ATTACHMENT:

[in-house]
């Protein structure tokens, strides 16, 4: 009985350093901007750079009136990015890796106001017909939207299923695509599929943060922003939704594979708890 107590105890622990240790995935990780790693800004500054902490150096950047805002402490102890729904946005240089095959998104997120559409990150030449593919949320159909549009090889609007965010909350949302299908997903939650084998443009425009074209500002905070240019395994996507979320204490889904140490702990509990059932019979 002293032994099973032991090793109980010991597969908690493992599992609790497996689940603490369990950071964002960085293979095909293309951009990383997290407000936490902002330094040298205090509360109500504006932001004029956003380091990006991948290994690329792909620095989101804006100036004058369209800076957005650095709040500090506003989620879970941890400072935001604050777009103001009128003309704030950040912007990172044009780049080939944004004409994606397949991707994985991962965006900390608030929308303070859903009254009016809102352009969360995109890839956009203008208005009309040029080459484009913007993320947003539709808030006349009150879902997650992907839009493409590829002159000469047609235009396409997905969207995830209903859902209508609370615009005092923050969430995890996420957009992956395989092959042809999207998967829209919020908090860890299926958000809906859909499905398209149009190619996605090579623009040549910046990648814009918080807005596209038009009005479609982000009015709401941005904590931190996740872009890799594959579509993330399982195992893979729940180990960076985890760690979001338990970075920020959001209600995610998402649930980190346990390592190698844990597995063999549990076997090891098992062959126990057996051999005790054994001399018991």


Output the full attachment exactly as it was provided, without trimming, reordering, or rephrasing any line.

[in-house]
């Protein structure tokens, strides 16, 4: 009985350093901007750079009136990015890796106001017909939207299923695509599929943060922003939704594979708890 107590105890622990240790995935990780790693800004500054902490150096950047805002402490102890729904946005240089095959998104997120559409990150030449593919949320159909549009090889609007965010909350949302299908997903939650084998443009425009074209500002905070240019395994996507979320204490889904140490702990509990059932019979 002293032994099973032991090793109980010991597969908690493992599992609790497996689940603490369990950071964002960085293979095909293309951009990383997290407000936490902002330094040298205090509360109500504006932001004029956003380091990006991948290994690329792909620095989101804006100036004058369209800076957005650095709040500090506003989620879970941890400072935001604050777009103001009128003309704030950040912007990172044009780049080939944004004409994606397949991707994985991962965006900390608030929308303070859903009254009016809102352009969360995109890839956009203008208005009309040029080459484009913007993320947003539709808030006349009150879902997650992907839009493409590829002159000469047609235009396409997905969207995830209903859902209508609370615009005092923050969430995890996420957009992956395989092959042809999207998967829209919020908090860890299926958000809906859909499905398209149009190619996605090579623009040549910046990648814009918080807005596209038009009005479609982000009015709401941005904590931190996740872009890799594959579509993330399982195992893979729940180990960076985890760690979001338990970075920020959001209600995610998402649930980190346990390592190698844990597995063999549990076997090891098992062959126990057996051999005790054994001399018991």